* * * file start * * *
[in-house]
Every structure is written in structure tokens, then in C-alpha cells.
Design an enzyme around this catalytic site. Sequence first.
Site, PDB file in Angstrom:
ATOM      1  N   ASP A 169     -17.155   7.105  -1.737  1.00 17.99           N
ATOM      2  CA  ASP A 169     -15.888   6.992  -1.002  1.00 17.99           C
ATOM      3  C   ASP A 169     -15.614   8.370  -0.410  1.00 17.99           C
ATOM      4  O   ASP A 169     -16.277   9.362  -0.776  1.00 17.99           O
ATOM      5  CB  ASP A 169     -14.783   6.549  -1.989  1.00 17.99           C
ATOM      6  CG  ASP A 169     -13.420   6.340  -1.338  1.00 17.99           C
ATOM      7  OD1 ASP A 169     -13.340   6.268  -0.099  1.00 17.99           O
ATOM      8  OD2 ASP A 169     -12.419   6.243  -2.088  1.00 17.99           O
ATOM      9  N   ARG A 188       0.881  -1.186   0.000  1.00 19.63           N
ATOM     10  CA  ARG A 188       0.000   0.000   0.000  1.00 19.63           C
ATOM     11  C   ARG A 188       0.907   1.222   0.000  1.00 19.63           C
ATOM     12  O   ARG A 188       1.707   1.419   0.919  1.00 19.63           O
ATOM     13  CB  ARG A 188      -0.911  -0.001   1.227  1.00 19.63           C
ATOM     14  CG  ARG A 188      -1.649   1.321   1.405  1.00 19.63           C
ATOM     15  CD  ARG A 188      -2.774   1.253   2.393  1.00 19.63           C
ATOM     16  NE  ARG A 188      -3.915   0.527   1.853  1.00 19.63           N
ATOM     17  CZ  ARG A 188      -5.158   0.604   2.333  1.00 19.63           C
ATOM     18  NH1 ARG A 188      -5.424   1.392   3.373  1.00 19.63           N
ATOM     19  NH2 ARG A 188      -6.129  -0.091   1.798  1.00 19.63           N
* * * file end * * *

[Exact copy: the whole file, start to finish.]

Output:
[in-house]
Every structure is written in structure tokens, then in C-alpha cells.
Design an enzyme around this catalytic site. Sequence first.
Site, PDB file in Angstrom:
ATOM      1  N   ASP A 169     -17.155   7.105  -1.737  1.00 17.99           N
ATOM      2  CA  ASP A 169     -15.888   6.992  -1.002  1.00 17.99           C
ATOM      3  C   ASP A 169     -15.614   8.370  -0.410  1.00 17.99           C
ATOM      4  O   ASP A 169     -16.277   9.362  -0.776  1.00 17.99           O
ATOM      5  CB  ASP A 169     -14.783   6.549  -1.989  1.00 17.99           C
ATOM      6  CG  ASP A 169     -13.420   6.340  -1.338  1.00 17.99           C
ATOM      7  OD1 ASP A 169     -13.340   6.268  -0.099  1.00 17.99           O
ATOM      8  OD2 ASP A 169     -12.419   6.243  -2.088  1.00 17.99           O
ATOM      9  N   ARG A 188       0.881  -1.186   0.000  1.00 19.63           N
ATOM     10  CA  ARG A 188       0.000   0.000   0.000  1.00 19.63           C
ATOM     11  C   ARG A 188       0.907   1.222   0.000  1.00 19.63           C
ATOM     12  O   ARG A 188       1.707   1.419   0.919  1.00 19.63           O
ATOM     13  CB  ARG A 188      -0.911  -0.001   1.227  1.00 19.63           C
ATOM     14  CG  ARG A 188      -1.649   1.321   1.405  1.00 19.63           C
ATOM     15  CD  ARG A 188      -2.774   1.253   2.393  1.00 19.63           C
ATOM     16  NE  ARG A 188      -3.915   0.527   1.853  1.00 19.63           N
ATOM     17  CZ  ARG A 188      -5.158   0.604   2.333  1.00 19.63           C
ATOM     18  NH1 ARG A 188      -5.424   1.392   3.373  1.00 19.63           N
ATOM     19  NH2 ARG A 188      -6.129  -0.091   1.798  1.00 19.63           N